Publishers are busy preparing for a cookie-less market, growing their customer base, and producing high-quality content. Choosing the right ad server is critical to making the most of your campaigns. With an effective ad server, you can run ad campaigns seamlessly while tracking performance so you can react quickly to changes in demand and scale your digital marketing strategy.
We did the work for you and selected the top 5 ad servers. In this guide, we’ll explore each one as well as alternatives worth considering. Let’s start.
Short in Time? These Are Our Top 5 Ad Servers
Google Ad Manager
What is an Ad Server?
An ad serving platform is a type of advertising software that manages, selects, and serves ads on a website or app according to pre-defined criteria. Publishers and ad networks use ad servers to simplify ad management.
Ad servers also generate reports from campaign metrics, such as the number of impressions and click-through rate. This helps publishers track advertising performance and target their audience effectively.
The Best Ad Servers For Publishers
There is a wide range of ad serving platforms
Epom Ad Server is a complete ad management platform for the cross-channel advertising business. It offers extensive customization, multiple ad formats, auto-optimization algorithms, and a supply-side platform (SSP).
- A white-label solution, easily customizable.
- Full of useful features, including targeting, analytics, campaign management, and optimization.
- Built-in cross-channel formats
- It can sell remnant inventory
Good for: Publishers and networks that need a customizable ad-serving platform.
- Real-time campaign data
- Scalable and stable
- You can delegate work via the roles and permissions feature.
- The user interface has functionality but is not user-friendly.
- There are few analytic templates.
- It doesn’t have a ticket system.
Kevel suite integrates a suite of APIs that facilitates publishers to build their ad servers. It delivers full control over its ad server. Supports multiple ad types and ani-ad blockers.
- Its server-side serving means a fast serving of ads and monetization.
- The JSON API enables you to turn organic content into an ad.
- Access to a first-party data management platform.
- Granular reporting.
Good for: Companies that want to sell their ad inventory directly and not via programmatic.
- Easy to use interface
- Well documented API
- Frequent product updates
- The user interface is slow to load.
- The object hierarchy and terminology are complex and confusing.
- Reporting lacks features.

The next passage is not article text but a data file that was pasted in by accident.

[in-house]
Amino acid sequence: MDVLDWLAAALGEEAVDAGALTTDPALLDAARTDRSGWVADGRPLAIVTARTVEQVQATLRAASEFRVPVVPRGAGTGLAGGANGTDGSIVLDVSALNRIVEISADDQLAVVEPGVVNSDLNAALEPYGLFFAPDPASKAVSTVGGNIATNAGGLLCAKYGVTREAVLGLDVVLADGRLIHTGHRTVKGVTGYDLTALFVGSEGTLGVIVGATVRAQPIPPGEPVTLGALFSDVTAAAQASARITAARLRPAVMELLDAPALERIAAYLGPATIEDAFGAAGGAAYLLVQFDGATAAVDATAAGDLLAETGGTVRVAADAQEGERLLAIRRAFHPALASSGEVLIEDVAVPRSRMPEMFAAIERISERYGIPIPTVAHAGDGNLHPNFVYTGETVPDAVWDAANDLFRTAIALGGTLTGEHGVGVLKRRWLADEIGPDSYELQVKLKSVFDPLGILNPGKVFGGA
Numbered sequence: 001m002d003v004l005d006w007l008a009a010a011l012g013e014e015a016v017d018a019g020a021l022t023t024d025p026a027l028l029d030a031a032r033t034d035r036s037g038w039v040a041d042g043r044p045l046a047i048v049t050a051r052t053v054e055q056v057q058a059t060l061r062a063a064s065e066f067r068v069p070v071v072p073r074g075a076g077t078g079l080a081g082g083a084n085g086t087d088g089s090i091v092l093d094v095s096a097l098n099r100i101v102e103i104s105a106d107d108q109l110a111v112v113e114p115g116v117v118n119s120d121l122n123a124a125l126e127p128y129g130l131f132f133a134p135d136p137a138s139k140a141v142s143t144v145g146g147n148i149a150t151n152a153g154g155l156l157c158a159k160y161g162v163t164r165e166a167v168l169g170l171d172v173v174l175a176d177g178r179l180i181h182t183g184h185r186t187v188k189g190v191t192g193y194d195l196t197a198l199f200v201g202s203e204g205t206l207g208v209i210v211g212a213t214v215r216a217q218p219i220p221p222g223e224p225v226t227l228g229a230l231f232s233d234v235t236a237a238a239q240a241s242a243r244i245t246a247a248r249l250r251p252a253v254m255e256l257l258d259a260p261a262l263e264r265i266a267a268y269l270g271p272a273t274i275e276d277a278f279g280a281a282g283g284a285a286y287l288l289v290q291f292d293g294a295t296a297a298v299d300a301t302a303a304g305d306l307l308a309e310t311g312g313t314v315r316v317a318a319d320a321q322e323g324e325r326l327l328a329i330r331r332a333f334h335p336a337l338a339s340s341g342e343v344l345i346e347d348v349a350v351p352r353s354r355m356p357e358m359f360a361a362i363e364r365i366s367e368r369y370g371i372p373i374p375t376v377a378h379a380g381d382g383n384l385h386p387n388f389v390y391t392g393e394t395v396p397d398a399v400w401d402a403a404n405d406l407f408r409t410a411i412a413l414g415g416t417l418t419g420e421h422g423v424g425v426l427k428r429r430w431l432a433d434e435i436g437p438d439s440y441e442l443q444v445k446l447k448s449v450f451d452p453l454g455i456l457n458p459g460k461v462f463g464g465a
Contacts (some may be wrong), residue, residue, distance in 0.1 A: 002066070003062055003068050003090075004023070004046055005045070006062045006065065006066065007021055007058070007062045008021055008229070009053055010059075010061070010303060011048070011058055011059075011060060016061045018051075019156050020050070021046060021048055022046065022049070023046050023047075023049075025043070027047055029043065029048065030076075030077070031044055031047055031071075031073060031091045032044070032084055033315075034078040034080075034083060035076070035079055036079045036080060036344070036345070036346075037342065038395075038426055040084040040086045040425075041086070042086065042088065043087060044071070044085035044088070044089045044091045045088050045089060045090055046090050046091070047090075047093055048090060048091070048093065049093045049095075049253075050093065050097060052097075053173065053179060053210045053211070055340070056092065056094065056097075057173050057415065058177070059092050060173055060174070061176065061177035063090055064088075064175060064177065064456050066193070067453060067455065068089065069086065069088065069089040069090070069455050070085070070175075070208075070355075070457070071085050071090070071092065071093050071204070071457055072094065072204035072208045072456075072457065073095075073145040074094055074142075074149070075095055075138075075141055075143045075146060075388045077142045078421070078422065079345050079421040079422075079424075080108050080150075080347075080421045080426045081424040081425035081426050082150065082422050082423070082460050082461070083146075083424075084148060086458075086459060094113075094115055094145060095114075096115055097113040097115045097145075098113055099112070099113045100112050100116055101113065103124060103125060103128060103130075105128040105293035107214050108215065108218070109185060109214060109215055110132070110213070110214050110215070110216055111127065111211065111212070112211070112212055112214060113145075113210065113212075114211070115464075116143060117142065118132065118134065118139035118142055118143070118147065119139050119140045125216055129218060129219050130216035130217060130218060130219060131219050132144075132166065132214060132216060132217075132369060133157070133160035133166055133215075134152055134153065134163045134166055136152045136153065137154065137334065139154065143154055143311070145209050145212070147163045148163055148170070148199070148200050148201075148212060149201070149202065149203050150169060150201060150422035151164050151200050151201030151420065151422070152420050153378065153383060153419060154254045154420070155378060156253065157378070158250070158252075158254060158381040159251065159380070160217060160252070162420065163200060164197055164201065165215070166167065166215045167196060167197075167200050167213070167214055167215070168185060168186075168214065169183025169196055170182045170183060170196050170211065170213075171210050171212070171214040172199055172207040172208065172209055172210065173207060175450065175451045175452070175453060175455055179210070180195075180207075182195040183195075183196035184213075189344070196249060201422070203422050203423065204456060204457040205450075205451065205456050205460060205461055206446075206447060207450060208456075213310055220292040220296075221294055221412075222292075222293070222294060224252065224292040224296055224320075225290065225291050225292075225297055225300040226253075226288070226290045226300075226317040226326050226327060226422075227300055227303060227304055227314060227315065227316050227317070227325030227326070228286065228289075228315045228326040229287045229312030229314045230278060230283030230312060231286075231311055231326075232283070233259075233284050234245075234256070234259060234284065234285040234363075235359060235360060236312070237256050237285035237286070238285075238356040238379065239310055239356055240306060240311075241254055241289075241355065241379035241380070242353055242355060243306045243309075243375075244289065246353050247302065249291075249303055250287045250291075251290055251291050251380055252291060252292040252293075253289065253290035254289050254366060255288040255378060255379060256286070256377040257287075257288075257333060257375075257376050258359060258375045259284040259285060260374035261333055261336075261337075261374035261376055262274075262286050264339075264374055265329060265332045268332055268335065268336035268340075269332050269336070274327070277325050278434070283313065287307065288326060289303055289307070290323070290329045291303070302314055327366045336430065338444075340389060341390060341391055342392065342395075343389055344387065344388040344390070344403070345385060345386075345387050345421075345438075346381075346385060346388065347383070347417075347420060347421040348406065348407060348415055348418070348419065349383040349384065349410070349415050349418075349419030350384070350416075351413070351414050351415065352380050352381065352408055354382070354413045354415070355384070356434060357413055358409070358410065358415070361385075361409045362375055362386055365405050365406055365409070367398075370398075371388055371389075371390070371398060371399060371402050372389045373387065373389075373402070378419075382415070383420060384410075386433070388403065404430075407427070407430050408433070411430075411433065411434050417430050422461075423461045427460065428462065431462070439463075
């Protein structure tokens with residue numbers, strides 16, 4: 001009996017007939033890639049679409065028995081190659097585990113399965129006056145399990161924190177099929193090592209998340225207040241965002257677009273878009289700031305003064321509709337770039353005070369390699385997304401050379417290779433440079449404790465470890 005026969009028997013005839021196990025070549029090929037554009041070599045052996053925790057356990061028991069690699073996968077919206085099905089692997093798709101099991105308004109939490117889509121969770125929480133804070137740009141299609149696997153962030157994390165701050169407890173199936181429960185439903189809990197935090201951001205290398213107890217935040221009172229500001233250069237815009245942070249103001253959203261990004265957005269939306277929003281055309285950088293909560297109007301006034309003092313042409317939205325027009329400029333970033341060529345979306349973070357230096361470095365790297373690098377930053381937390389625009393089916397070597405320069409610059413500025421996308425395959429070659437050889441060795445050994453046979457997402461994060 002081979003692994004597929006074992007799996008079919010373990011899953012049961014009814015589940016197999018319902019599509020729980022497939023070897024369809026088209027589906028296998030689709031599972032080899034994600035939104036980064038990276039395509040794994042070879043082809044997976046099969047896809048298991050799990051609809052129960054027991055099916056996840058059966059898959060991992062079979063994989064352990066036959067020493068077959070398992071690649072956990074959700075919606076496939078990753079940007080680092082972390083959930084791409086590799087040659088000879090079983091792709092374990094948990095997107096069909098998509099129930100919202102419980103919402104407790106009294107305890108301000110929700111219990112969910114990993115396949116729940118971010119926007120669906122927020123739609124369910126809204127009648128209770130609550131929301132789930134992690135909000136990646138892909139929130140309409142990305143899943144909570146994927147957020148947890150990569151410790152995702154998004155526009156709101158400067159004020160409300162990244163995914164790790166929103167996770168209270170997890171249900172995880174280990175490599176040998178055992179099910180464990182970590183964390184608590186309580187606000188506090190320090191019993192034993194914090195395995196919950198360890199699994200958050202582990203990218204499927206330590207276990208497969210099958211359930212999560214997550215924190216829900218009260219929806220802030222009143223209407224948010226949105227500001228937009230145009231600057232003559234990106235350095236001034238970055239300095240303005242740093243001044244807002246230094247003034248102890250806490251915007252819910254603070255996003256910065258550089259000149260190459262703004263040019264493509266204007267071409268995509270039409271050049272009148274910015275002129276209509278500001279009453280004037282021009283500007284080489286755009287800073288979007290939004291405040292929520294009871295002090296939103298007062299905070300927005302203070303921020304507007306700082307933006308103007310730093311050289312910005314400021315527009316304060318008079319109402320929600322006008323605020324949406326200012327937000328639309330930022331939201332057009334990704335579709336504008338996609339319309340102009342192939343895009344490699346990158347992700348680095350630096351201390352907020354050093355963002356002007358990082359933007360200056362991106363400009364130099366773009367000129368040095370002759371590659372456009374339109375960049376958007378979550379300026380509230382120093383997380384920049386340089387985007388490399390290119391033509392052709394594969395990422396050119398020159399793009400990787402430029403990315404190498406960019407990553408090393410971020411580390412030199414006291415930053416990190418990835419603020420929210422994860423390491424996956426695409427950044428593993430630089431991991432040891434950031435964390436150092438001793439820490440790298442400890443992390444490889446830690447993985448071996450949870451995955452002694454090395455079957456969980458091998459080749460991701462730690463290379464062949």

AdGlare is a self-service ad server. It has a pay-as-you-go pricing model depending on the number of ad requests in a month. The AdGlare platform supports different types of ads, such as banner displays, in-stream video ads, and rich media ads.
- It has a well-designed dashboard so users can track and manage the campaigns.
- It has targeting features such as geo-targeting and browser targeting
- It can be integrated with Content Management systems
Good for: Mid-market publishers looking to manage and directly sell ads.
- Simple UI/UX
- Fast to launch campaigns
- Client dashboards
- Multiple ad types
- Good support
- You cannot sell your remnant inventory with other networks.
- You cannot customize the software.
- It has basic features, and the website inventory is somewhat limited.
Smart is a platform that offers a high level of control to publishers. They can run programmatic and direct campaigns across multiple digital formats and screens. The platform offers a unified auction functionality that helps.
- Provides granular reporting, helping optimize the campaign performance.
- You can deliver custom ad experiences.
- Serves as an SSP
- Generates analytics in real-time, helping with forecasting
- Has advanced targeting options
Good for: Premium and large publishers with sizeable traffic.
- Easy to use with an intuitive user interface
- It offers a free trial
- Works across multiple device types.
- Lacks in-depth traffic stats
- The updates are too frequent
- The price is a bit on the higher side.
Previously known as Double Click, Google Ad Manager is a complete ad serving platform providing flexibility to sell direct and remnant inventory. It serves ads immediately, and it is easy to use.
- Integrates with Google Adsense and Double Click Ad Exchange.
- You can monetize remnant impressions to maximize yield.
- Includes malware detection capabilities.
- It is free to use up to a specific limit.
Good for: The ad server comes in two versions: one for small businesses and a premium server. The basic tier is free and doesn’t have traffic requirements with an AdSense account. The premium tier is for sites with a minimum 90 million traffic requirement.
- You can manage all your ads in one place.
- There are different attribution models on the platform.
- The data analysis is clear and useful.
- It lacks independent verification of metrics
- It has a learning curve
- The margins are not transparent
Now rebranded as Xandr, AppNexus offers an online auction infrastructure with a built-in marketplace, Demand-side (DDP) and Supply-Side-Platform (SSP), and an ad server. The platform simplifies running a unified auction for all buyers so you can maximize your yield. Xandr also comes with analytic functionality so you can get historical data reports, yield forecasts, and inventory availability.
- Supports multiple types of ads, including display, native, and video across different screen sizes.
- It comes with DSP and SSP.
- The dynamic allocation feature enables the demand to compete against direct deals.
Good for: Large publishers with sizeable traffic and impressions volume.
- Exclusive supply deals
- Integration with internal platforms
- Custom audience segments
- Header bidding
- The platform seems dated
- Extremely complex to learn and use
- Poor support
- Higher CPM
The Best Ad Server Alternative